After millions of years living in darkness, a species of blind cavefish has lost an ancient system of DNA repair. That DNA repair system, found in organisms including bacteria, fungi, plants, and most other animals, harnesses energy from visible light to repair DNA damage induced by ultraviolet (UV) light. The findings are intriguing in part because only placental mammals were previously known to lack this system.


Fruit fly protein could be new tool in tackling disease-carrying mosquitoes



Posted: 11 Oct 2018 08:24 AM PDT


An insulin-binding protein in fruit flies could provide new opportunities for tackling disease-carrying mosquitoes, such as malaria and yellow fever.


Thalamus wakes the brain during development



Posted: 11 Oct 2018 08:24 AM PDT


A new study suggests the thalamus controls the development of state dependency and continuity.


Novel topological insulator



Posted: 11 Oct 2018 08:24 AM PDT


For the first time, physicists have built a unique topological insulator in which optical and electronic excitations hybridize and flow together.


Effective ketamine doses for treatment-resistant depression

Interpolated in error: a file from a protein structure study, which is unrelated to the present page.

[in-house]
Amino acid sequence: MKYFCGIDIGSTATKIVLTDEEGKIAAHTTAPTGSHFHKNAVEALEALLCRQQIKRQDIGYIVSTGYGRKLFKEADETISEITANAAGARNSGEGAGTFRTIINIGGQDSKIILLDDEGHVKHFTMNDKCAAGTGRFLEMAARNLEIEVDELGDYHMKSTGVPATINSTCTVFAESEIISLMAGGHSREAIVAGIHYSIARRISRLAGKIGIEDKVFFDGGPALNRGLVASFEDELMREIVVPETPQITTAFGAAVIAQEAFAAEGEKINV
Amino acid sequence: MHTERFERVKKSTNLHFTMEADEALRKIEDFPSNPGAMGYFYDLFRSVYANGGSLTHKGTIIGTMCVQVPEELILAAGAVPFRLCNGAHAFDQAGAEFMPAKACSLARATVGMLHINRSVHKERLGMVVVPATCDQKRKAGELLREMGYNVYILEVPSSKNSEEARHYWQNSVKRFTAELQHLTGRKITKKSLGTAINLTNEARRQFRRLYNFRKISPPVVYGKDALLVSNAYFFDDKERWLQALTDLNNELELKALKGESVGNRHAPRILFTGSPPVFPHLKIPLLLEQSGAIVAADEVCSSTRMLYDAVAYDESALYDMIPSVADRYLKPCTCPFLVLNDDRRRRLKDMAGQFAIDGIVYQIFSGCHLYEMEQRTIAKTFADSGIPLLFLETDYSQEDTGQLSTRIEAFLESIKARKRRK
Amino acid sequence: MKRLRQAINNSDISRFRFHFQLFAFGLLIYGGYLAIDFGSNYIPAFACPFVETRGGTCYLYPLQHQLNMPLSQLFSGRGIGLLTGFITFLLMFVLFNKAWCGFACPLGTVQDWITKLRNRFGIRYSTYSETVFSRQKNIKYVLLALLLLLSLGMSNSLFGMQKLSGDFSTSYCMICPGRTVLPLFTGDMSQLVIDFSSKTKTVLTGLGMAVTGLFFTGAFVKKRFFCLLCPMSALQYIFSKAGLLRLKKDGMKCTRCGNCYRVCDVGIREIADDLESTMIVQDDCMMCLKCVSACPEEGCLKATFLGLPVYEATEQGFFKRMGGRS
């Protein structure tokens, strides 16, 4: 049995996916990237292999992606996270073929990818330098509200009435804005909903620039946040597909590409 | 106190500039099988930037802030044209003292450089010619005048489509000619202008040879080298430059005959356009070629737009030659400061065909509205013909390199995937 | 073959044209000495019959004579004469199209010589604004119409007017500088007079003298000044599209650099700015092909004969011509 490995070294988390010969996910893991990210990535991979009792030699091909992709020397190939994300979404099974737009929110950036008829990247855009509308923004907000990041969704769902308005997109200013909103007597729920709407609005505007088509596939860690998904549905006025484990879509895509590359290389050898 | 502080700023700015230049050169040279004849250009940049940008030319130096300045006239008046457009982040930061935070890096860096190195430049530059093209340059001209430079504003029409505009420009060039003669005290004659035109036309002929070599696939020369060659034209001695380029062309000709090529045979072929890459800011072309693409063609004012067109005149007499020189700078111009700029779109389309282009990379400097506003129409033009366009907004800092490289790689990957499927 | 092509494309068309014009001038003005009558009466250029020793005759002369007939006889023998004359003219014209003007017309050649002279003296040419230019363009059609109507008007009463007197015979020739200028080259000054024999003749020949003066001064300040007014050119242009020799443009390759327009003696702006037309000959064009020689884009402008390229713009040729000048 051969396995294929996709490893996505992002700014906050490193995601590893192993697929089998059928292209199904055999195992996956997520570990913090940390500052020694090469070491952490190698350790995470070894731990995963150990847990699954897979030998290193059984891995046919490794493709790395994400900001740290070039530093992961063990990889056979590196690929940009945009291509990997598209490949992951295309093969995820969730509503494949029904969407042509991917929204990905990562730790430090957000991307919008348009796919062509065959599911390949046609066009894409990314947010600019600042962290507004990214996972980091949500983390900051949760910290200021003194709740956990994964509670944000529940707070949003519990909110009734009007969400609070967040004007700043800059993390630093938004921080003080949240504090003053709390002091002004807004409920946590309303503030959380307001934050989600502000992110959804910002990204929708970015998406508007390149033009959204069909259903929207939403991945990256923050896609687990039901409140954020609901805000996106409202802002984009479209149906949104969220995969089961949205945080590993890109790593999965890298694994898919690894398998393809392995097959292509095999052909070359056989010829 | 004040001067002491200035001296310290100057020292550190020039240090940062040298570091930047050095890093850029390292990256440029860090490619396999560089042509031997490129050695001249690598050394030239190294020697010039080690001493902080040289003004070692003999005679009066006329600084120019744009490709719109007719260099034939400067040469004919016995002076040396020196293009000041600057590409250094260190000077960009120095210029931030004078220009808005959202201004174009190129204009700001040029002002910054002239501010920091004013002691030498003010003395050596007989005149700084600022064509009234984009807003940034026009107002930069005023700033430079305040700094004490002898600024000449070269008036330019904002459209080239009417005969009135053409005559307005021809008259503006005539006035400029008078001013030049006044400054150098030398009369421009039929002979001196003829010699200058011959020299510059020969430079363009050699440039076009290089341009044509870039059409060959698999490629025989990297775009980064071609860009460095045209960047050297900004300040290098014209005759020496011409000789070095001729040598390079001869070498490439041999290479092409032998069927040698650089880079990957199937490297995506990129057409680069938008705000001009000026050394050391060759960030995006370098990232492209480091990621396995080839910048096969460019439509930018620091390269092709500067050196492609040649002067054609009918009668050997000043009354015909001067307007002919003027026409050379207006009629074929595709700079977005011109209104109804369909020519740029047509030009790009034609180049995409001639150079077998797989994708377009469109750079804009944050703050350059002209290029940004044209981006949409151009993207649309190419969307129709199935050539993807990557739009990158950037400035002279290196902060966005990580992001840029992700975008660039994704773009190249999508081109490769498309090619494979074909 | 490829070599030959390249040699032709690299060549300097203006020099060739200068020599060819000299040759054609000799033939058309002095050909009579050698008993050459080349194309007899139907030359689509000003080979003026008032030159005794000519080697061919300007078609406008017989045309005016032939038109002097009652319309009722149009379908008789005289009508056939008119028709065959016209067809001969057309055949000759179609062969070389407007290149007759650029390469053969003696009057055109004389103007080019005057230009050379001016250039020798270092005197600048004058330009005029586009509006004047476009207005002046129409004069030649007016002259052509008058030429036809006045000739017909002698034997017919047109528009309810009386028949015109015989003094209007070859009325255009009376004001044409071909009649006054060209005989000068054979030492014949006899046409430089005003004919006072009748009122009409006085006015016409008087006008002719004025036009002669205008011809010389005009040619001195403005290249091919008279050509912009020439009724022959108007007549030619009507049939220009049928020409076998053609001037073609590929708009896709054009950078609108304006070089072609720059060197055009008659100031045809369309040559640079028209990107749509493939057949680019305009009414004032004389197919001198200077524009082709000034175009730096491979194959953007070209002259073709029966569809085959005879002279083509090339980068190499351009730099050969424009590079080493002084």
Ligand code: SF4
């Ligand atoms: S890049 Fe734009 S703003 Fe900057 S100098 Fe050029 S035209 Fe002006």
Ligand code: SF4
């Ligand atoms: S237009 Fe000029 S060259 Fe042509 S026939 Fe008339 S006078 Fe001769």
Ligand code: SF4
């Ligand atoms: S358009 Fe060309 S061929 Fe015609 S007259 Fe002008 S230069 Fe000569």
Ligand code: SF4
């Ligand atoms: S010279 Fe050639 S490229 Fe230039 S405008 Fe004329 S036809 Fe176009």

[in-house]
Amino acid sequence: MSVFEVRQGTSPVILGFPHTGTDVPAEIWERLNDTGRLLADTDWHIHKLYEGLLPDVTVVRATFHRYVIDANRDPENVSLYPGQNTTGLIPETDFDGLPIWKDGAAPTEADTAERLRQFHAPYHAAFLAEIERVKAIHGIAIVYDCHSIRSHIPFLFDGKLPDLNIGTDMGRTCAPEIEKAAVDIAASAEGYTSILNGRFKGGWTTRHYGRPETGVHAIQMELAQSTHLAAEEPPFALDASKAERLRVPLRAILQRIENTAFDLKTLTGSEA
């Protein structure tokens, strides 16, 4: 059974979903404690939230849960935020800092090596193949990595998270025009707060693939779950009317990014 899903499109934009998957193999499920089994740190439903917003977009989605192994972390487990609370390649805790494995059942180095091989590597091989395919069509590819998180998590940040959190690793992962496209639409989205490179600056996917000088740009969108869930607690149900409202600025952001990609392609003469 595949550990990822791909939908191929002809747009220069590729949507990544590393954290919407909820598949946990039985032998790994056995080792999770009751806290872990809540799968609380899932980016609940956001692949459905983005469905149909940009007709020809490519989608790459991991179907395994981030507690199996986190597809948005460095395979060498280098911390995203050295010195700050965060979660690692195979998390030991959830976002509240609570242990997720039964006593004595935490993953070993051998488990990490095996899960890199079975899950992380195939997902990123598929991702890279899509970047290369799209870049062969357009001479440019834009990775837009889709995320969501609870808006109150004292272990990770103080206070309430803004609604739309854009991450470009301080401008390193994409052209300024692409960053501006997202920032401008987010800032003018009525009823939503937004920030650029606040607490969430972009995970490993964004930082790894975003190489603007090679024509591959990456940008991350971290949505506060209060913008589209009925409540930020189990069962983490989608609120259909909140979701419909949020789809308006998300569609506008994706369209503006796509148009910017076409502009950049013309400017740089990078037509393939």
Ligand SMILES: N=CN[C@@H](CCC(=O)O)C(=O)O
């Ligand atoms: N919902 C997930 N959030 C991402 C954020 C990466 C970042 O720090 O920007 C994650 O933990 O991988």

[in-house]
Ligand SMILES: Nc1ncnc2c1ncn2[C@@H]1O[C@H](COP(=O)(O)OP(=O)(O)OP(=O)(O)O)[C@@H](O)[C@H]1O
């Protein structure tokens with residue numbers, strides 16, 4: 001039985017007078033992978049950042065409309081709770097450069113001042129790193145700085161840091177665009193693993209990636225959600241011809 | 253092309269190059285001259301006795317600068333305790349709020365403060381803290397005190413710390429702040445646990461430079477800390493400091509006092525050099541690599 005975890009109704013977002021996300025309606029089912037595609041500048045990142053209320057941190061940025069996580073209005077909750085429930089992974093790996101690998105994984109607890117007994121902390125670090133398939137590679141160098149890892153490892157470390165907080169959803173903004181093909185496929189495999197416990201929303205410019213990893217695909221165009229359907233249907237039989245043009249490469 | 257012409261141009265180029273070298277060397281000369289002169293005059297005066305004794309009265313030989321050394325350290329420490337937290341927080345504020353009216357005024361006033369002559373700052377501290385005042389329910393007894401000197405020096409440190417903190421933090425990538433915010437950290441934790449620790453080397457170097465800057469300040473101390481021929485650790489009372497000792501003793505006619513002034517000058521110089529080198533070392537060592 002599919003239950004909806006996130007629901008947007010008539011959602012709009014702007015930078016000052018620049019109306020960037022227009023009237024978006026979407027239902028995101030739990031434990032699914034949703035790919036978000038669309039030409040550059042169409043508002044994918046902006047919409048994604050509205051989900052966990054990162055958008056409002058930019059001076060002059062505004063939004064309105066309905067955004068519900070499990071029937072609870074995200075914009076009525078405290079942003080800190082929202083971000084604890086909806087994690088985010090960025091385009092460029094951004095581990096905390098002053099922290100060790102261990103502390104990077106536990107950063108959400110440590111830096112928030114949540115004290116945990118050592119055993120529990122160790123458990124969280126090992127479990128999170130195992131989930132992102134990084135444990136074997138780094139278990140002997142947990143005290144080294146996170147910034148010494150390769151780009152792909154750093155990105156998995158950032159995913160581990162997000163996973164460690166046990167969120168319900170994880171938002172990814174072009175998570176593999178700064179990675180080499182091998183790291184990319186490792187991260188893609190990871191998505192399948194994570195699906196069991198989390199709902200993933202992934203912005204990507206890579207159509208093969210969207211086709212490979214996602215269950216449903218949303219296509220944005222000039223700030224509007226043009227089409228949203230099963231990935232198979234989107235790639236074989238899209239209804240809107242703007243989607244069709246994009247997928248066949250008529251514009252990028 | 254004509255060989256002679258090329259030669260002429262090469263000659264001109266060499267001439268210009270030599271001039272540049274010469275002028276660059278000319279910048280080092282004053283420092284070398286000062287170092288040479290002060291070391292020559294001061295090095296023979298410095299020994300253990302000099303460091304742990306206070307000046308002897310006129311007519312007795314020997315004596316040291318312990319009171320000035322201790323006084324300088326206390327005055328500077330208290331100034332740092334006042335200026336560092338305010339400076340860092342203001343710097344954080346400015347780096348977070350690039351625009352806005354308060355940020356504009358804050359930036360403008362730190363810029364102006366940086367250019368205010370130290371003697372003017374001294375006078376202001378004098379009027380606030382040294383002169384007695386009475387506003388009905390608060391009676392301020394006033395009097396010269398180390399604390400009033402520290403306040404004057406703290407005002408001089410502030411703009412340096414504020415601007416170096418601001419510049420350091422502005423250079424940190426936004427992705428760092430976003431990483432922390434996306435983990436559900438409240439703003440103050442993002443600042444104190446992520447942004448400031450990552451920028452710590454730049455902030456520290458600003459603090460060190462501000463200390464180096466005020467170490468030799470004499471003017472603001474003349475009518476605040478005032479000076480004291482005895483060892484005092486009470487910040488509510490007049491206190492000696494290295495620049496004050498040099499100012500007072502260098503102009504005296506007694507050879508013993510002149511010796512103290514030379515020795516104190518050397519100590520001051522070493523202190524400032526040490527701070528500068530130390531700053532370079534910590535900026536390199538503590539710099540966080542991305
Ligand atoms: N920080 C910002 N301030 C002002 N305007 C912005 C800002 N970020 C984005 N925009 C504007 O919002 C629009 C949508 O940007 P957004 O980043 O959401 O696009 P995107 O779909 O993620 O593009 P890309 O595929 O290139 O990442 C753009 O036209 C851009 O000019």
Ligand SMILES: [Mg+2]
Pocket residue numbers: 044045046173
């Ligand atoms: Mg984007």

Posted: 11 Oct 2018 08:24 AM PDT


A study identifies two subanesthetic dosage levels of the anesthetic drug ketamine that appear to provide significant symptom relief to patients with treatment-resistant depression.


Scientists accidentally reprogram mature mouse GABA neurons into dopaminergic-like neurons



Posted: 11 Oct 2018 08:24 AM PDT


Attempting to make dopamine-producing neurons out of glial cells in mouse brains, a group of researchers instead converted mature inhibitory neurons into dopaminergic cells. Their findings reveal that -- contrary to previous belief -- it is possible to reprogram one mature neuron type into another without first reverting it to a stem-cell-like state.


Light switch: Scientists develop method to control nanoscale manipulation in high-powered microscopes



Posted: 11 Oct 2018 08:24 AM PDT